Parameter Tuning for S-ABCPK: An Improved Service Composition Algorithm Considering Priori Knowledge

Parameter Tuning for S-ABCPK: An Improved Service Composition Algorithm Considering Priori Knowledge

Ruilin Liu (School of Computer Science and Technology, Harbin Institute of Technology, Harbin, China), Zhongjie Wang (School of Computer Science and Technology, Harbin Institute of Technology, Harbin, China) and Xiaofei Xu (School of Computer Science and Technology, Harbin Institute of Technology, Harbin, China)
Copyright: © 2019 |Pages: 22
DOI: 10.4018/IJWSR.2019040105


QoS-aware service composition problem has been drawn great attention in recent years. As an NP-hard problem, high time complexity is inevitable if global optimization algorithms (such as integer programming) are adopted. Researchers applied various evolutionary algorithms to decrease the time complexity by looking for a near-optimum solution. However, each evolutionary algorithm has two or more parameters, the values of which are to be assigned by algorithm designers and likely have impacts on the optimization results (primarily time complexity and optimality). The authors' experiments show that there are some dependencies between the features of a service composition problem, the values of an evolutionary algorithm's parameters, and the optimization results. In this article, the authors propose an improved algorithm called Service-Oriented Artificial Bee Colony algorithm considering Priori Knowledge (S-ABCPK) to solve service composition problem and focus on the S-ABCPK's parameter turning issue. The objective is to identify the potential dependency for designers of a service composition algorithm easily setting up the values of S-ABCPK parameters to obtain a preferable composition solution without many times of tedious attempts. Eight features of the service composition problem and the priori knowledge, five S-ABCPK parameters and two metrics of the final solution are identified. Based on a large volume of experiment data, S-ABCPK parameter tuning for a given service composition problem is conducted using C4.5 algorithm and the dependency between problem features and S-ABCPK parameters are established using the neural network method. An experiment on a validation dataset shows the feasibility of the approach.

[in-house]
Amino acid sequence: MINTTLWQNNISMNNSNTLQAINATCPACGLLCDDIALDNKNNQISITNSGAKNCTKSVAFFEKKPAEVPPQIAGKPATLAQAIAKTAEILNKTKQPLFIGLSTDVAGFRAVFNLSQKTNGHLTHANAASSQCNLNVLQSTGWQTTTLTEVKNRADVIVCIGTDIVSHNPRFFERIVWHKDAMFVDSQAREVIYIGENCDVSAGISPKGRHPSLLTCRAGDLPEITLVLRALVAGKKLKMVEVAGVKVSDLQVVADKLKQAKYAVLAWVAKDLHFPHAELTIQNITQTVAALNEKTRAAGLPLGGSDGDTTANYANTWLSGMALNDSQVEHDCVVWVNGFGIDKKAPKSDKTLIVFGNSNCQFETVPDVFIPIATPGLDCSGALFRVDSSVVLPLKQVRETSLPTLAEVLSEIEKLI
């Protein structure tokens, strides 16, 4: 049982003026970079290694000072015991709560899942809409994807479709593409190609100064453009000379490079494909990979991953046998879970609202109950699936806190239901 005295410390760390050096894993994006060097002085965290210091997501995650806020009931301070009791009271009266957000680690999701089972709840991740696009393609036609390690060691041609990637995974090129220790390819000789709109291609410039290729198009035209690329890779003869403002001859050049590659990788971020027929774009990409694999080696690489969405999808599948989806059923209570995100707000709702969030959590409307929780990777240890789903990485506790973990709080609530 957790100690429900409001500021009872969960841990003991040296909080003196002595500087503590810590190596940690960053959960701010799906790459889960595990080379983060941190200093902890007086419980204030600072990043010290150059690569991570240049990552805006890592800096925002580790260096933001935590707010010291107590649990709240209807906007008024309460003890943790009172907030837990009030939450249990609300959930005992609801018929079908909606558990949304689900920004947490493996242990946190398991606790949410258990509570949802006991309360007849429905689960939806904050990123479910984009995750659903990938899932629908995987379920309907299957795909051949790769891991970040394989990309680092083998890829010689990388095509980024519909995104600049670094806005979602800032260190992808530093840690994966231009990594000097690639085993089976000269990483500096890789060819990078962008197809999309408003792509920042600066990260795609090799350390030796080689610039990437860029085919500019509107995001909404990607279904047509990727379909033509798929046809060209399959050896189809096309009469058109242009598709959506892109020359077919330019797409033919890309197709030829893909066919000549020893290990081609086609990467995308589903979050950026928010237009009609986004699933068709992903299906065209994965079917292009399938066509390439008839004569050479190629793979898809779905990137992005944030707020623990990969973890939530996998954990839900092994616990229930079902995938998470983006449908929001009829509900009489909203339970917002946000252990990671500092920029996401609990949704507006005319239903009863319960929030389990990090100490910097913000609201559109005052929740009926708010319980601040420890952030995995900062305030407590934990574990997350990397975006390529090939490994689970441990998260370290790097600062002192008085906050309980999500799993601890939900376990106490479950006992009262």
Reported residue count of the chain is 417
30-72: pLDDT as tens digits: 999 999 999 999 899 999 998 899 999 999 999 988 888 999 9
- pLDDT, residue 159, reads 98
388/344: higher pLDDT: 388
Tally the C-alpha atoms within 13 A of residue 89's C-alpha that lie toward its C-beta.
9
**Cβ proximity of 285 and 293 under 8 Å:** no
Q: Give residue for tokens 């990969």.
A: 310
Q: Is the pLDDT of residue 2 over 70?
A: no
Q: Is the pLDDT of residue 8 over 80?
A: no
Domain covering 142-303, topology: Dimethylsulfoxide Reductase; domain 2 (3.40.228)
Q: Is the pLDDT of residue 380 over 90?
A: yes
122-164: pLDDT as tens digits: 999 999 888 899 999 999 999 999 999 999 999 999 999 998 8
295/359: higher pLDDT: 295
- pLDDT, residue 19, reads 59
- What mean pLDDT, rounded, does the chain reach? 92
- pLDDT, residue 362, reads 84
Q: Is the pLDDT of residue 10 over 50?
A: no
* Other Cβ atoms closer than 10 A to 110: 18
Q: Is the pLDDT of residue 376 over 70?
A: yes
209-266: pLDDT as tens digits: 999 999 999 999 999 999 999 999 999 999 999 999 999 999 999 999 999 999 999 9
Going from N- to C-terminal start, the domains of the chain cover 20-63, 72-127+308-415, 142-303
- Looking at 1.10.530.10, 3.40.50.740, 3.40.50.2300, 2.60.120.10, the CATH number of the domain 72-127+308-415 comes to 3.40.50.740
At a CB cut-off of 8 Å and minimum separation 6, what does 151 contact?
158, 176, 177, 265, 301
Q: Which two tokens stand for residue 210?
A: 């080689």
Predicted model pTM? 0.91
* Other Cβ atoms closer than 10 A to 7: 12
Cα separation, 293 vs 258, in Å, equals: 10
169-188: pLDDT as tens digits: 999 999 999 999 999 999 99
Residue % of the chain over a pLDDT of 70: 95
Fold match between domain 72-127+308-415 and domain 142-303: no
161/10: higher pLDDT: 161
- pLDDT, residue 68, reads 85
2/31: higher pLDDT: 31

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1. Introduction

In the service era, people’s lives rely more and more on the services delivered via the Internet. An evident trend is that user requirements are increasingly complicated, and no single service could completely fulfill a coarse-grained requirement (Liu and Wang, 2012). It is necessary to compose the functionalities of multiple web services. This is called “service composition” (Zeng, Benatallah et al. 2003; Rao and Su, 2005; Dustdar and Schreiner, 2005). A typical service composition problem is to consider a set of end-to-end QoS constraints (local and global) raised by customers and look for an optimal composite solution to satisfy these QoS constraints or called QoS-aware service composition problem (Zeng, Benatallah et al. 2004; Alrifai and Risse, 2009).

A key issue in solving QoS-aware service composition problem is the time complexity. This is because the number of candidate Web services is likely to be large (Canfora, Di Penta et al. 2005, July), and the selection of the best services from candidates to compose a solution that meets the QoS constraints is time-consuming and has been proven to be NP-hard (Mabrouk, Beauche et al. 2009). Researchers have proposed various algorithms to decrease the time complexity, such as skyline-based approach (Alrifai, Skoutas et al. 2010), approximation-based approaches (Yu, Zhang et al. 2007), fuzzy logic approaches (de Gyves Avila and Djemame, 2013), cuckoo search approaches (Boussalia and Chaoui, 2014), evolutionary algorithm-based approaches, etc. Among them, evolutionary algorithm shows better performance and has been widely applied. There are many frequently used evolutionary algorithms, such as genetic algorithm (Canfora, Di Penta et al. 2005, June), particle swarm optimization (Chen and Wang, 2007; Zhang, 2014). Among them, Artificial Bee Colony (ABC) algorithm is the simplest but a relatively powerful one (Karaboga and Basturk, 2008; Wang, Wang et al. 2013; Liu, Wang et al. 2014). It has only three control parameters, besides the procedure of ABC is simple to understand and implement (Karaboga and Akay, 2009; Akay and Karaboga, 2009). The summary and comparison among the several evolutionary algorithms are shown in Table 1. Researchers have applied ABC into service composition problems and have confirmed its superiority compared with other evolutionary optimization algorithms (Wang, Wang et al. 2013; Xu and Liu, 2014).

Table 1.
A summary of evolutionary algorithms
AlgorithmSearching carrierSolution carrierOptimization methodControl parameters
Particle swarm optimizationparticlesparticle positionusing self-experiences and swarm experiences to amend each particle moveSN, w, C1, C2, Vmax, Vmax, MCN
Ant colony optimizationantspath of antsusing historical paths of the swarm to guide individual ants’ path seekingSN, α, β, ρ, η, MCN
Simulated annealingmoleculesmolecule positiontime-varying probability of accepting inferior new positionsSN, T0, λ, β, MCN
Genetic algorithmindividualsChromosome codingselection, crossing, and mutation of individualsSN, α, β, MCN
Artificial bee colony algorithmforaging beesfood source positionexploration and exploitation to food sourcesSN, Limit, MCN

* SN is the size of searching carriers, MCN stands for the termination condition. The meaning of other parameters can be found in related books.

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